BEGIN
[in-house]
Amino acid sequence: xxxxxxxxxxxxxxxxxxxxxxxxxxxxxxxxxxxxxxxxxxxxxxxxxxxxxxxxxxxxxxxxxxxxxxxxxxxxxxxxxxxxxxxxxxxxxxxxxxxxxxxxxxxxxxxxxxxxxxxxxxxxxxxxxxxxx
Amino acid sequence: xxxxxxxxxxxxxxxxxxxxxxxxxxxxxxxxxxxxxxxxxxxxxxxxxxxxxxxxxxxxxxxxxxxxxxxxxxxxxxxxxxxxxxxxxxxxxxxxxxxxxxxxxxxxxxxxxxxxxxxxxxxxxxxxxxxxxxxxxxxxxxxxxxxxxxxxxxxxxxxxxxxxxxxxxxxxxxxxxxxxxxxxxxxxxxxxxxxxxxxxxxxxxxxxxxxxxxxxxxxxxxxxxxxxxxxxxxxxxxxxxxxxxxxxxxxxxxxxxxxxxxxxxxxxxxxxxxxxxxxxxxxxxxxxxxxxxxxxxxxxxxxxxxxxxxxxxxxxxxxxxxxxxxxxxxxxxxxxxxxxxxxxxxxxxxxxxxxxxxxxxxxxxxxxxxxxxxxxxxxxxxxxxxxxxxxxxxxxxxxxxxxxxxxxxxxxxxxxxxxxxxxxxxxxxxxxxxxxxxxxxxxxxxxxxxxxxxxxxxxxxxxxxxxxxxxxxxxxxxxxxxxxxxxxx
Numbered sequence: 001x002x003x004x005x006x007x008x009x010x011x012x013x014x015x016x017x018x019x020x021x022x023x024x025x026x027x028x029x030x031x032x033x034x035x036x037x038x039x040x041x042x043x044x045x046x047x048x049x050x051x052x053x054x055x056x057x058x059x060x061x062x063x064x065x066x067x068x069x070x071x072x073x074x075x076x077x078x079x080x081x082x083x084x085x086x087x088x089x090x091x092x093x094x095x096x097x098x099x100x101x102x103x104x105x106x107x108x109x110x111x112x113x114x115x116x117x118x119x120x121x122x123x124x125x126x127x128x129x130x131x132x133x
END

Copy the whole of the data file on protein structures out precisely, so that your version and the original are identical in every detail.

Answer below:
[in-house]
Amino acid sequence: xxxxxxxxxxxxxxxxxxxxxxxxxxxxxxxxxxxxxxxxxxxxxxxxxxxxxxxxxxxxxxxxxxxxxxxxxxxxxxxxxxxxxxxxxxxxxxxxxxxxxxxxxxxxxxxxxxxxxxxxxxxxxxxxxxxxx
Amino acid sequence: xxxxxxxxxxxxxxxxxxxxxxxxxxxxxxxxxxxxxxxxxxxxxxxxxxxxxxxxxxxxxxxxxxxxxxxxxxxxxxxxxxxxxxxxxxxxxxxxxxxxxxxxxxxxxxxxxxxxxxxxxxxxxxxxxxxxxxxxxxxxxxxxxxxxxxxxxxxxxxxxxxxxxxxxxxxxxxxxxxxxxxxxxxxxxxxxxxxxxxxxxxxxxxxxxxxxxxxxxxxxxxxxxxxxxxxxxxxxxxxxxxxxxxxxxxxxxxxxxxxxxxxxxxxxxxxxxxxxxxxxxxxxxxxxxxxxxxxxxxxxxxxxxxxxxxxxxxxxxxxxxxxxxxxxxxxxxxxxxxxxxxxxxxxxxxxxxxxxxxxxxxxxxxxxxxxxxxxxxxxxxxxxxxxxxxxxxxxxxxxxxxxxxxxxxxxxxxxxxxxxxxxxxxxxxxxxxxxxxxxxxxxxxxxxxxxxxxxxxxxxxxxxxxxxxxxxxxxxxxxxxxxxxxxxx
Numbered sequence: 001x002x003x004x005x006x007x008x009x010x011x012x013x014x015x016x017x018x019x020x021x022x023x024x025x026x027x028x029x030x031x032x033x034x035x036x037x038x039x040x041x042x043x044x045x046x047x048x049x050x051x052x053x054x055x056x057x058x059x060x061x062x063x064x065x066x067x068x069x070x071x072x073x074x075x076x077x078x079x080x081x082x083x084x085x086x087x088x089x090x091x092x093x094x095x096x097x098x099x100x101x102x103x104x105x106x107x108x109x110x111x112x113x114x115x116x117x118x119x120x121x122x123x124x125x126x127x128x129x130x131x132x133x